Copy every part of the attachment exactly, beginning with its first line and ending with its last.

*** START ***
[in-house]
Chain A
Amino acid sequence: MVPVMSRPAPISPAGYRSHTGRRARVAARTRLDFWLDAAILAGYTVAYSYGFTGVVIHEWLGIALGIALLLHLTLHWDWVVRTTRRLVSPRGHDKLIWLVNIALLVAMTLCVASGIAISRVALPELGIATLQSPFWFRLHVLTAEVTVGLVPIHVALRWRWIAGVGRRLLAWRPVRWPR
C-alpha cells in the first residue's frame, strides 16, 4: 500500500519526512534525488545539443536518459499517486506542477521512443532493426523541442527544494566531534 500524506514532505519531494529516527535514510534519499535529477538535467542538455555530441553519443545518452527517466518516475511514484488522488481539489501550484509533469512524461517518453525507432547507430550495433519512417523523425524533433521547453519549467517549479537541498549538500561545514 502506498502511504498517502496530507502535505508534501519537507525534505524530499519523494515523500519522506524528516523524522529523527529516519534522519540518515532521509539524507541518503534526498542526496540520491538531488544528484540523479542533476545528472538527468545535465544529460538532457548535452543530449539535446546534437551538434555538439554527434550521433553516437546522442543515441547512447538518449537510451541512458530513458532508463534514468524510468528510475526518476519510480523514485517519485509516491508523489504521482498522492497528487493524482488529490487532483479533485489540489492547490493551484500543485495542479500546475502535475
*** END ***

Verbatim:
[in-house]
Chain A
Amino acid sequence: MVPVMSRPAPISPAGYRSHTGRRARVAARTRLDFWLDAAILAGYTVAYSYGFTGVVIHEWLGIALGIALLLHLTLHWDWVVRTTRRLVSPRGHDKLIWLVNIALLVAMTLCVASGIAISRVALPELGIATLQSPFWFRLHVLTAEVTVGLVPIHVALRWRWIAGVGRRLLAWRPVRWPR
C-alpha cells in the first residue's frame, strides 16, 4: 500500500519526512534525488545539443536518459499517486506542477521512443532493426523541442527544494566531534 500524506514532505519531494529516527535514510534519499535529477538535467542538455555530441553519443545518452527517466518516475511514484488522488481539489501550484509533469512524461517518453525507432547507430550495433519512417523523425524533433521547453519549467517549479537541498549538500561545514 502506498502511504498517502496530507502535505508534501519537507525534505524530499519523494515523500519522506524528516523524522529523527529516519534522519540518515532521509539524507541518503534526498542526496540520491538531488544528484540523479542533476545528472538527468545535465544529460538532457548535452543530449539535446546534437551538434555538439554527434550521433553516437546522442543515441547512447538518449537510451541512458530513458532508463534514468524510468528510475526518476519510480523514485517519485509516491508523489504521482498522492497528487493524482488529490487532483479533485489540489492547490493551484500543485495542479500546475502535475